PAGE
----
Tonawanda News — A common misconception is that there is a fine line between a child that has pets at their home and a zookeeper who takes care of wild animals. It is true, that both pick up after their animals, but that’s about where the similarities end.
Next time you are at an aquarium or zoo, be aware that zookeepers can hear you. Although you might not see us, we can hear your conversations. When you are in front of an exhibit, there is a chance that we are behind the scenes.
I have heard the extremes: “That must be such a fun job, playing with the animals all day,” and “This is why you have to go to college, or else you will be picking up after animals.” The second statement makes me laugh because most zookeepers and aquarist have two- or four-year degrees related to science, and it is highly competitive to “pick up after the animals.”
Zookeepers are animal trainers, landscapers, construction workers, chefs, public speakers, electricians and secretaries.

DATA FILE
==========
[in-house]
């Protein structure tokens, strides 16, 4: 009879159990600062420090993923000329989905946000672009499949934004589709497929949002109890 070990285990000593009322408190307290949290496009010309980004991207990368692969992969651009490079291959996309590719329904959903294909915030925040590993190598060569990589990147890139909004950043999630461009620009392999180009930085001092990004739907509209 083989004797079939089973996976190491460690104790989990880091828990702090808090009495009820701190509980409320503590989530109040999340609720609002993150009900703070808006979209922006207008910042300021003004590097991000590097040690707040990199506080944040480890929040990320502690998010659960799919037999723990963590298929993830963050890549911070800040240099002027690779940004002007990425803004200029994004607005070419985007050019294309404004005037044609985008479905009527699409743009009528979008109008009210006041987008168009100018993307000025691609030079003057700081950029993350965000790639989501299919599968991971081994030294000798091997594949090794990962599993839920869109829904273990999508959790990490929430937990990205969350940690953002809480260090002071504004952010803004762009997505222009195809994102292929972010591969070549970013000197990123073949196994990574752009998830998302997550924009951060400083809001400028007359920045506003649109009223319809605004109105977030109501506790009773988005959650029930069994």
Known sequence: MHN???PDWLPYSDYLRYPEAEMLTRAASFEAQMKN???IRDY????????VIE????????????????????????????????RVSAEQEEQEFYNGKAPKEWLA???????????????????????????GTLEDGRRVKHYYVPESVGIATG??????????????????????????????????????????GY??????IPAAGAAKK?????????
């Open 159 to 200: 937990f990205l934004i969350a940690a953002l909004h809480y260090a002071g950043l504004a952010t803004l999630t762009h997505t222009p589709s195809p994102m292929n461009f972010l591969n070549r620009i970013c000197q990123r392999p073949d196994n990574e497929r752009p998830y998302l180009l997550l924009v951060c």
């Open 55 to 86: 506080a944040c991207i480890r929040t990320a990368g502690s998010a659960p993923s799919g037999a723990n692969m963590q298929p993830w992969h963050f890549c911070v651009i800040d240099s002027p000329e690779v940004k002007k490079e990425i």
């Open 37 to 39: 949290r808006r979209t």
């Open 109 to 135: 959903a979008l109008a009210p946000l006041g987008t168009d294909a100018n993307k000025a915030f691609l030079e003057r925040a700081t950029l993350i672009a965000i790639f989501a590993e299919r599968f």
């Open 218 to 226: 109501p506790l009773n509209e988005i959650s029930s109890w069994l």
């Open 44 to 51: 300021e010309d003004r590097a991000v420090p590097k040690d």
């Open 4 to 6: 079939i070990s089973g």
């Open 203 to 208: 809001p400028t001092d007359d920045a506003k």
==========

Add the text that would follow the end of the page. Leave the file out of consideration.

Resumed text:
Animal training does not always equate to show behaviors. Zookeepers also train husbandry behaviors such as training animals to voluntarily give blood and urine, offer their paws for nail trims, and open their mouth for dentistry work.
Training and enrichment seem to go hand in hand. Enrichment, a topic I have mentioned many times, allows animals to make choices and use their problem-solving skills (mental and physical) to interact with keepers and devices for rewards.
Zoo animals, like pets, go the bathroom. Some animals go in a designated spot every day, like house cats. Some animals go the bathroom while they walk and many go everywhere. Keepers use powered hoses, detergents, rakes, scraping devices, dustpans, shovels and even wheelbarrows to make sure the enclosure is clean for the animals. Of course, it smells. The worst smells and textures usually come from the cutest animals. The worst would have to be tamandua and kinkajou. If you are not familiar with these species, do a quick internet search to see how cute they are.